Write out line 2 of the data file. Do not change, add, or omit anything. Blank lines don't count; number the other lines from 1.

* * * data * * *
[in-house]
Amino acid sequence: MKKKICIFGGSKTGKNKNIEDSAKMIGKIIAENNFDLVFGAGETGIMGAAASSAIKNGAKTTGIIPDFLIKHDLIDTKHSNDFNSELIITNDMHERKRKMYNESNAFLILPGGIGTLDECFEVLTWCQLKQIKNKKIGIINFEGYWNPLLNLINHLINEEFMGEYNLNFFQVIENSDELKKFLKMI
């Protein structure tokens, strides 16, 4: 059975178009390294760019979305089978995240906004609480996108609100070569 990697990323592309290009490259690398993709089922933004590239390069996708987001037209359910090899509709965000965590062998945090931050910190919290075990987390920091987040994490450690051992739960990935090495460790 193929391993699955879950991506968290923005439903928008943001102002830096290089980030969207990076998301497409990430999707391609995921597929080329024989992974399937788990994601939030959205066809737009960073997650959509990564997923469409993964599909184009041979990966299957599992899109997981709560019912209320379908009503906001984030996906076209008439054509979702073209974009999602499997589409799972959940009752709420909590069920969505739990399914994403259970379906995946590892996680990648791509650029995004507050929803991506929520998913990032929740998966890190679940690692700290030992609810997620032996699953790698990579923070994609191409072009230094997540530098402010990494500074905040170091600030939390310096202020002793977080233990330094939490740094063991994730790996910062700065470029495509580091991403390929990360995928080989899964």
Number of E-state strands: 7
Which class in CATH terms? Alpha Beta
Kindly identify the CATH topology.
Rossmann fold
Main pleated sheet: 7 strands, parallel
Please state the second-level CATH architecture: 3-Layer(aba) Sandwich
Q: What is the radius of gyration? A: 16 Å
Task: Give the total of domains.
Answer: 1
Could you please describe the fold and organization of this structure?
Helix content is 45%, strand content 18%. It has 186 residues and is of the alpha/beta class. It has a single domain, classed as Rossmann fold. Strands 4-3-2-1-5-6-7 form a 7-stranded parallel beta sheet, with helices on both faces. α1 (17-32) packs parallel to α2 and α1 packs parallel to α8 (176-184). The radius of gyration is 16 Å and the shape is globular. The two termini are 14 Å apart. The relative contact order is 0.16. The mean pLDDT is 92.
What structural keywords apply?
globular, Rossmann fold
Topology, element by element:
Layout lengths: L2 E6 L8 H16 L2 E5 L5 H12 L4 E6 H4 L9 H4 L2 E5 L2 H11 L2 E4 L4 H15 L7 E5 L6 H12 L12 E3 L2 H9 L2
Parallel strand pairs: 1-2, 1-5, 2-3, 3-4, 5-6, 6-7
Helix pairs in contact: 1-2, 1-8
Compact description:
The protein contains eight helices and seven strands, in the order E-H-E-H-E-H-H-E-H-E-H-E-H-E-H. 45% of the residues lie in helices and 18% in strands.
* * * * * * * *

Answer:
Amino acid sequence: MKKKICIFGGSKTGKNKNIEDSAKMIGKIIAENNFDLVFGAGETGIMGAAASSAIKNGAKTTGIIPDFLIKHDLIDTKHSNDFNSELIITNDMHERKRKMYNESNAFLILPGGIGTLDECFEVLTWCQLKQIKNKKIGIINFEGYWNPLLNLINHLINEEFMGEYNLNFFQVIENSDELKKFLKMI